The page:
Not Just Another "Bible-thumper."
I would think that my identity as a right-wing fanatic should be pretty clear. But no right-wingers will permit me to join their organizations, whether political or religious. I guess that makes me a "leftist." If you are afraid to read my web pages because you think I'm a member of the Radical Religious Right, relax. I am an anti-fascist, anarchist, pacifist, anti-American, Catholic Worker radical.
Although I long considered myself a Calvinist (and still do, at least theologically), I have to admit I was shocked to read the story of the "Left-wing" of the Reformation, the Anabaptists. The works of Leonard Verduin were recommended by Jon Zens, and with appropriate scepticism, I read them. It seems that traditional impressions of the Anabaptists were formed by reading the opinions of their detractors, rather than primary source documents. The Anabaptists were orthodox in their theology, often Calvinist, but their study of the Scriptures led them to challenge the church-state synthesis of their day. They believed it was inappropriate to use the sacrament of Baptism as in initiation into political citizenship, and so baptized themselves again as a Christian religious sacrament. The Reformers called for the execution of the Anabaptists for doing so. (Thus, even their name reflects the opinion of their opponents: "Ana" Baptist means "Re" baptizer -- but the "anabaptists" felt they were baptizing for the first time. History is always written by the conquerors, not the conquered.) My support of the Anabaptists resulted in my becoming a persona non grata in some Reformed circles. (Also the fact that I called the Reformers "fascists." Click here for more on that.)
Rushdoony and the Reconstructionists set a standard of political critique by urging Christians to deny the legitimacy of any political power which is not explicitly grounded in the Bible. The Bible does not give the State the power to conscript children for indoctrination, hence public schools were out. Welfare was also out. Roughly 98% of the current State does not have direct authorization in God's Law, according to the Reconstructionists.
That leaves courts and national defense. I began working with the Christian Conciliation Service of Orange County after reading the sixth chapter of Paul's first letter to the Corinthians. "How dare you sue one another?" he asks. I eventually served on the Board of Directors, and discovered that the overwhelming majority of commercial disputes are resolved through arbitration, not the State's courts, and this tradition goes back to the middle ages, before the faircourts were absorbed by the State. In the Bible, disputes were arbitrated by the "elders," yet the "elders" in the church I attended vehemently disagreed with my proposal that we move toward a free market judicial system.
I also advocated free market defense systems, based on the same Biblical analysis, supported by the the same John Birch Society analysis of the conspiratorial use of the power of defense by the liberal establishment. I met with the same response.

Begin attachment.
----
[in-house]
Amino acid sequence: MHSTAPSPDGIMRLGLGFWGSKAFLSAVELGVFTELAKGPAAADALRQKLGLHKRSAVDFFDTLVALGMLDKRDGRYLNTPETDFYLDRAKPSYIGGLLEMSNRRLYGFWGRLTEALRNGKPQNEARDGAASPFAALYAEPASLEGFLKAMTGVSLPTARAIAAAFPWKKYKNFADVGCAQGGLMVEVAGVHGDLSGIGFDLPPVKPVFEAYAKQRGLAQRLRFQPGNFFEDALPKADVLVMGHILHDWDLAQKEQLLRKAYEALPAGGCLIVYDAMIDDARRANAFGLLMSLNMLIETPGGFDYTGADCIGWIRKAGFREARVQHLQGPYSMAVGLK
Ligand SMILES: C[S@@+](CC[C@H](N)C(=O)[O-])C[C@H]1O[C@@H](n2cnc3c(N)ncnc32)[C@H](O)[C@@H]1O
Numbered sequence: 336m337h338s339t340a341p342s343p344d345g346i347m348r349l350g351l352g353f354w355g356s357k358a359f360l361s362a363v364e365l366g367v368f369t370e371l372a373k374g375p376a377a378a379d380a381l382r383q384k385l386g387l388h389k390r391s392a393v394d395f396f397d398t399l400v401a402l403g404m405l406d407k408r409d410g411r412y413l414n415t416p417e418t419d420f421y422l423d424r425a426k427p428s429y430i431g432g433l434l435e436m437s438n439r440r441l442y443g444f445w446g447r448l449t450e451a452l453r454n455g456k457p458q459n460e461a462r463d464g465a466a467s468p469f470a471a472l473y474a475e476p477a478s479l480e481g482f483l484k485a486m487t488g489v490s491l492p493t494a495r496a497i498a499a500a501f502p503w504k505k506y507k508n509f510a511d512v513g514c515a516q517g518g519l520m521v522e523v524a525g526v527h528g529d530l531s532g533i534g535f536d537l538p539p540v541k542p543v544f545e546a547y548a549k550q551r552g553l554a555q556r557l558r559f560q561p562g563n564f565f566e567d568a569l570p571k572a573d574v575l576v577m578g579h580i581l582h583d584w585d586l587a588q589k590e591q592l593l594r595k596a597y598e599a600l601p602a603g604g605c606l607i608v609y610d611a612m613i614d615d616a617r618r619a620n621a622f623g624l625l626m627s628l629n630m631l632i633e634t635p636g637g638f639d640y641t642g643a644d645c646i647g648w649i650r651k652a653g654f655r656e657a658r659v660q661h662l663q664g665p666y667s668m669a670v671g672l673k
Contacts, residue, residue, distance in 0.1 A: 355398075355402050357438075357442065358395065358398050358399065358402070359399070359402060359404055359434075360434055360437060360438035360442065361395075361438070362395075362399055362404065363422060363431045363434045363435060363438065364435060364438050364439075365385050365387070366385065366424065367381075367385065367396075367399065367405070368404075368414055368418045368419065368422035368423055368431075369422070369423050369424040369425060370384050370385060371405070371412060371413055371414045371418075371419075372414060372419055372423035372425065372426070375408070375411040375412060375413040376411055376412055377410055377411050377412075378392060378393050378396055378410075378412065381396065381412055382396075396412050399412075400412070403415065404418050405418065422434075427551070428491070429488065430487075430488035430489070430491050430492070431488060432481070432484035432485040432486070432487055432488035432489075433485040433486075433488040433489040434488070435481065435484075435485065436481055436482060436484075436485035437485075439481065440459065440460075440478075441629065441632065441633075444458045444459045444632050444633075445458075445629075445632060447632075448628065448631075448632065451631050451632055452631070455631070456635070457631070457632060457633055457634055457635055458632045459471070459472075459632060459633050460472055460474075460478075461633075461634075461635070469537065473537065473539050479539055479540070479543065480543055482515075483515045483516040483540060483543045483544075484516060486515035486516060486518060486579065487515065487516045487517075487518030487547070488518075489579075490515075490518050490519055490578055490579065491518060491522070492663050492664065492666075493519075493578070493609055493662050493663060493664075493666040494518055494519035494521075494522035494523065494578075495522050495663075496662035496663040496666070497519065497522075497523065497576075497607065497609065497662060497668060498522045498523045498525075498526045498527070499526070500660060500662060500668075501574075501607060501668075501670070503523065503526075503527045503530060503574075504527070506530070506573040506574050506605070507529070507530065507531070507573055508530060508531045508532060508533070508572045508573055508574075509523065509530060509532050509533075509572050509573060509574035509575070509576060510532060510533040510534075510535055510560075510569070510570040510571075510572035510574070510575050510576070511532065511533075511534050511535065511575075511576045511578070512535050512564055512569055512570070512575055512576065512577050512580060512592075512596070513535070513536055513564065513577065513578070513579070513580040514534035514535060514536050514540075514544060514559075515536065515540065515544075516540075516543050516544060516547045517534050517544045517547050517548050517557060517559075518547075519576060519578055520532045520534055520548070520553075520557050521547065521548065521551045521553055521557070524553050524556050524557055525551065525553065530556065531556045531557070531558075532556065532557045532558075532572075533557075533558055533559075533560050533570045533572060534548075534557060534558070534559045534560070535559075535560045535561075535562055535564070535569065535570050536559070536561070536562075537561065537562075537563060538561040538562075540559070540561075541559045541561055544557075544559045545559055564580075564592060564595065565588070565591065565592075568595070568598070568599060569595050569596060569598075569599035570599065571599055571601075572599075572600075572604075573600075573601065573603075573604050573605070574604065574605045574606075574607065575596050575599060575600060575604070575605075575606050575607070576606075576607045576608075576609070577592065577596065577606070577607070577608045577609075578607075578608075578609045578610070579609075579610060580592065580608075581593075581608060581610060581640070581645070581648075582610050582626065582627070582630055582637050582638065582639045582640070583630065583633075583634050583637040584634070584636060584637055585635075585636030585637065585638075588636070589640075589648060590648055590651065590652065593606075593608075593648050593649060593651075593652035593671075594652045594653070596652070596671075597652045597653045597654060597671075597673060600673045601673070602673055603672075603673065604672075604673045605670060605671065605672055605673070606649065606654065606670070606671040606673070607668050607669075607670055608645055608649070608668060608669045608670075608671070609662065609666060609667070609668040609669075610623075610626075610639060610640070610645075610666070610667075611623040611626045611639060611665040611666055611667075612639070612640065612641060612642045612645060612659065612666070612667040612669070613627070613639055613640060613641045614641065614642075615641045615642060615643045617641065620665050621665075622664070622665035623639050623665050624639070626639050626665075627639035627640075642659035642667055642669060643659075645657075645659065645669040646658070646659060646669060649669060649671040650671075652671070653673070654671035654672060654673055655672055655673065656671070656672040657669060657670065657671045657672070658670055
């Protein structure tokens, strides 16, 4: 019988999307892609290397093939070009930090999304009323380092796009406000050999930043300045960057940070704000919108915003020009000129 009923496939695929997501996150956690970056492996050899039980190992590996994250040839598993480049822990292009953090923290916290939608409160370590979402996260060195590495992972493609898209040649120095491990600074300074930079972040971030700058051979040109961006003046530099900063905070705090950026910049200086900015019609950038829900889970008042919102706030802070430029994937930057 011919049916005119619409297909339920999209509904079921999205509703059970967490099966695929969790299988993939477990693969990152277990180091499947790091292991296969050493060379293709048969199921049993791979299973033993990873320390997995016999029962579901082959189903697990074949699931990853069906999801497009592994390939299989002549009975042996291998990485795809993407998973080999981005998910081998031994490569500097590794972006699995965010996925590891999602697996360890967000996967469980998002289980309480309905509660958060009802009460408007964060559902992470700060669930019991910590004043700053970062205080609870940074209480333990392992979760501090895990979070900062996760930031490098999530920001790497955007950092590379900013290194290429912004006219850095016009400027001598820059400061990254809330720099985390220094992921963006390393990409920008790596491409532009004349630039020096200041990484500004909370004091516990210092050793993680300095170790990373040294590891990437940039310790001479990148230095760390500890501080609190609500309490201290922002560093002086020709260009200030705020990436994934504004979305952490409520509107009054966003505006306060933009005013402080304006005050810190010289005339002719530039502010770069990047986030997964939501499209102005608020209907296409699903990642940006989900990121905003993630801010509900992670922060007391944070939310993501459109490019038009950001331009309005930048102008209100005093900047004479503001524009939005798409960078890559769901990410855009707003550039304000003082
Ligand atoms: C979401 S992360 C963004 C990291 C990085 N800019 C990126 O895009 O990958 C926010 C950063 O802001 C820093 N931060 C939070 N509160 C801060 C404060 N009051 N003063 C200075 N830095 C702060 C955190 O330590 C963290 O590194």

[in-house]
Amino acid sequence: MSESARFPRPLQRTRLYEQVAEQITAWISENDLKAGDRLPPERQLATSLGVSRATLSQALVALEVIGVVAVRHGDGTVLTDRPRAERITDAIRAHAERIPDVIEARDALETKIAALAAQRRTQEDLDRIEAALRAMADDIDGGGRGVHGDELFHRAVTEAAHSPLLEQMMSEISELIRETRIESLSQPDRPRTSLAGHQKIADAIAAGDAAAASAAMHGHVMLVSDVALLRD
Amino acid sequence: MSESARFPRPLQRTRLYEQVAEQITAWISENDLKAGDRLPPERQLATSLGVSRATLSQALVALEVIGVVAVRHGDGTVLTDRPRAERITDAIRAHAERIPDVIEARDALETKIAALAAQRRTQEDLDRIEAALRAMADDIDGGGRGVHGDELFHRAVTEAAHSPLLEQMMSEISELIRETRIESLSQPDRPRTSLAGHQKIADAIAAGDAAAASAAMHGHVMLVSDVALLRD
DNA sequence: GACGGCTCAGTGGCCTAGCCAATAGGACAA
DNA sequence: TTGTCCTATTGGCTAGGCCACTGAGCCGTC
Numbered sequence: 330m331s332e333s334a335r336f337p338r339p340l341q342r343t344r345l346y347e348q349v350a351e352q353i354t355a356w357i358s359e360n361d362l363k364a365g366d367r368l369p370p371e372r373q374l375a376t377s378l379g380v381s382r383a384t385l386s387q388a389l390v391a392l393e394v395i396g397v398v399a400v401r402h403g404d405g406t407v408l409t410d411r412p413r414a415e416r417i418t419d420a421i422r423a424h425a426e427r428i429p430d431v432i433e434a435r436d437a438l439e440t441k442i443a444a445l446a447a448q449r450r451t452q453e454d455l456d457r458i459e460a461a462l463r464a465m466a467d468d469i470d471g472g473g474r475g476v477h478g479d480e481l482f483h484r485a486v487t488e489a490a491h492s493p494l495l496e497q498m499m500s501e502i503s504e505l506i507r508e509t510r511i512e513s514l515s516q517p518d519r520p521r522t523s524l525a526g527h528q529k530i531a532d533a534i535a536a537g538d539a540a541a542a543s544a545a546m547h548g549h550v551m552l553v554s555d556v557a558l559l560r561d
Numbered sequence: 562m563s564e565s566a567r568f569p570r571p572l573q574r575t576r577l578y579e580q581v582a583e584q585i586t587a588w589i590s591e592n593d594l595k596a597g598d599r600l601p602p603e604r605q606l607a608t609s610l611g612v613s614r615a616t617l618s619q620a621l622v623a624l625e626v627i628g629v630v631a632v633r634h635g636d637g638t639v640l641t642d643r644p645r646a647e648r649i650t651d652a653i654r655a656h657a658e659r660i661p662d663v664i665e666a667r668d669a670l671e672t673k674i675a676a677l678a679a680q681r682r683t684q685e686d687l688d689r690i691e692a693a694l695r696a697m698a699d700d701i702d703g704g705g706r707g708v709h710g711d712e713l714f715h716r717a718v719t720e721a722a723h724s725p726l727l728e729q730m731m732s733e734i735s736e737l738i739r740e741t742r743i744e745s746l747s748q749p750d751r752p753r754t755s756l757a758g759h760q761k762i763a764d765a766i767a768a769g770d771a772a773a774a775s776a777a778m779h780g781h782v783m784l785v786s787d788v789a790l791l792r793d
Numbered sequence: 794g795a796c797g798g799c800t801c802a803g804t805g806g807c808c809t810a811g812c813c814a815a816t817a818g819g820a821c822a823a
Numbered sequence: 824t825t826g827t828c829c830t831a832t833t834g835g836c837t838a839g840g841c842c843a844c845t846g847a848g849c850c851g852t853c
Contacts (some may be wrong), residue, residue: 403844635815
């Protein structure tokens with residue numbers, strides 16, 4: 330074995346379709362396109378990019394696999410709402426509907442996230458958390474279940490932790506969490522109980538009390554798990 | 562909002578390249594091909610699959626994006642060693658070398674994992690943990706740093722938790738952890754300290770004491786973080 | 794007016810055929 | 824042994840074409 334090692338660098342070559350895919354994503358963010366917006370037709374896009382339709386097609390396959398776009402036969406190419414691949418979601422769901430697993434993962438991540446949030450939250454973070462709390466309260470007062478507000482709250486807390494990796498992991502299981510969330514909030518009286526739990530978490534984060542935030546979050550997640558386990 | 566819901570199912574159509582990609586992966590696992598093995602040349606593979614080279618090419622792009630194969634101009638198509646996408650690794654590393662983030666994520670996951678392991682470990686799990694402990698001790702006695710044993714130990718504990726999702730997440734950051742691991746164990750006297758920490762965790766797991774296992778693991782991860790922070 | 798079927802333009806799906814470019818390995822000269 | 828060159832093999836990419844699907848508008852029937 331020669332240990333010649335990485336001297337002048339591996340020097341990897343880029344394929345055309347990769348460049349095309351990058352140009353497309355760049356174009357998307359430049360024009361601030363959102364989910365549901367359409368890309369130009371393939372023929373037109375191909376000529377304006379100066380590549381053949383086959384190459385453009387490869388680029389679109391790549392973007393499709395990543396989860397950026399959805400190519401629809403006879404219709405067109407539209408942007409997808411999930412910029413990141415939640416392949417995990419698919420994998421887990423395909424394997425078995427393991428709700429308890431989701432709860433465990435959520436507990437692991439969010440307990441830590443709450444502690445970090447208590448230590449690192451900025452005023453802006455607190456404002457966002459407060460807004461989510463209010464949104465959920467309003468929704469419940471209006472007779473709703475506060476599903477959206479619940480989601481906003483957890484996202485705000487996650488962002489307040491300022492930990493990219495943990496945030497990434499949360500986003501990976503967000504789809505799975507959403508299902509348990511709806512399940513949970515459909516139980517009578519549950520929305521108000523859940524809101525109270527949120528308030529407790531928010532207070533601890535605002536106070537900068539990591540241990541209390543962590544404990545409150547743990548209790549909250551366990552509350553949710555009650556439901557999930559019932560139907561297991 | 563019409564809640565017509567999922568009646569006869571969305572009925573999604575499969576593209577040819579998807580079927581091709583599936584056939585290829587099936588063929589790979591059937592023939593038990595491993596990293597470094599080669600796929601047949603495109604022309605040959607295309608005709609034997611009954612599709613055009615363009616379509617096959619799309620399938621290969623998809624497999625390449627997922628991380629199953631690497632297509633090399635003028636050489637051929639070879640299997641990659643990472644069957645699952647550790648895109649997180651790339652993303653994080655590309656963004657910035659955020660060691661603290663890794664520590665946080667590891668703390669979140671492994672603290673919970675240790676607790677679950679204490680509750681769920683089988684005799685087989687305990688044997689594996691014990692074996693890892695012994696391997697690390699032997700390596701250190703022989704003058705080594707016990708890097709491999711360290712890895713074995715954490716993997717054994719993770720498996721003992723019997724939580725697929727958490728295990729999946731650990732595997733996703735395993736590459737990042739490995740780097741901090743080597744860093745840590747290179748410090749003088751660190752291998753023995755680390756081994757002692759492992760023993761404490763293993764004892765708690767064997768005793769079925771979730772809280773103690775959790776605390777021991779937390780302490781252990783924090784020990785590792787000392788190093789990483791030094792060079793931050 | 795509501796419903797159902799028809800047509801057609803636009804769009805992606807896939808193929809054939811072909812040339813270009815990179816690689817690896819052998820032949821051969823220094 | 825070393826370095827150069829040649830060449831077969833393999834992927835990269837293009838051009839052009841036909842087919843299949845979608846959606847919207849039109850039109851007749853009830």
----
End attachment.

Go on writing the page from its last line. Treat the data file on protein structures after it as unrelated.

Soon I began asking, "Where in the Bible does God command men to form a 'State?'" The answer is "nowhere," but that conclusion is too far to the right for most right-wingers. "Anarchists," and "pacifists" are clearly "left-wing," and need not be taken seriously, I guess.
In addition to the John Birch Society, my favorite right-wing anti-communist movement is the Catholic Worker Movement. In 1933, Dorothy Day and Peter Maurin began publishing their response to the paper of the Communist Party, The Daily Worker. Their paper urged a rejection of Stalinist Industrialism and a return to the personalist agrarianism of the mission-building Franciscans of California. "Going to the right is the only way not to get left," Maurin proclaimed. The paper was called The Catholic Worker.
Today the movement is considered a "leftist" movement. It is, as I have discovered during the nearly ten years I have lived in a CW House of Hospitality. But like most Americans, most CW'ers are not in touch with their history. And Dorothy Day, the prolific writer-editor of the CW newspaper and convert from socialism, never fully assimilated the vision of Peter Maurin, her teacher.
In 1776, America proclaimed its right to an "equal station" among "the powers" of the earth. Colonial Tax-rebels began blowing away British revenue agents. Is this a Christian movement? I don't think so.
Although America was originally intended to be a New World of Christian Theocracies, that vision was repudiated for a vision of secular enlightenment. The California State Bar will not admit me to the practice of law, though I am otherwise qualified. My case is now in the Ninth Circuit Court of Appeals.
The word "radical" means one who goes back to "the roots." For me the roots are in the Bible. If following the Bible makes me a "conservative," fine; if it makes me a "leftist," that's OK too. My goal is not to be approved by the Christian Coalition or the ACLU. My desire is to be approved by God.
I appreciate questions and comments. Please write me at Kevin4VFT@aol.com.
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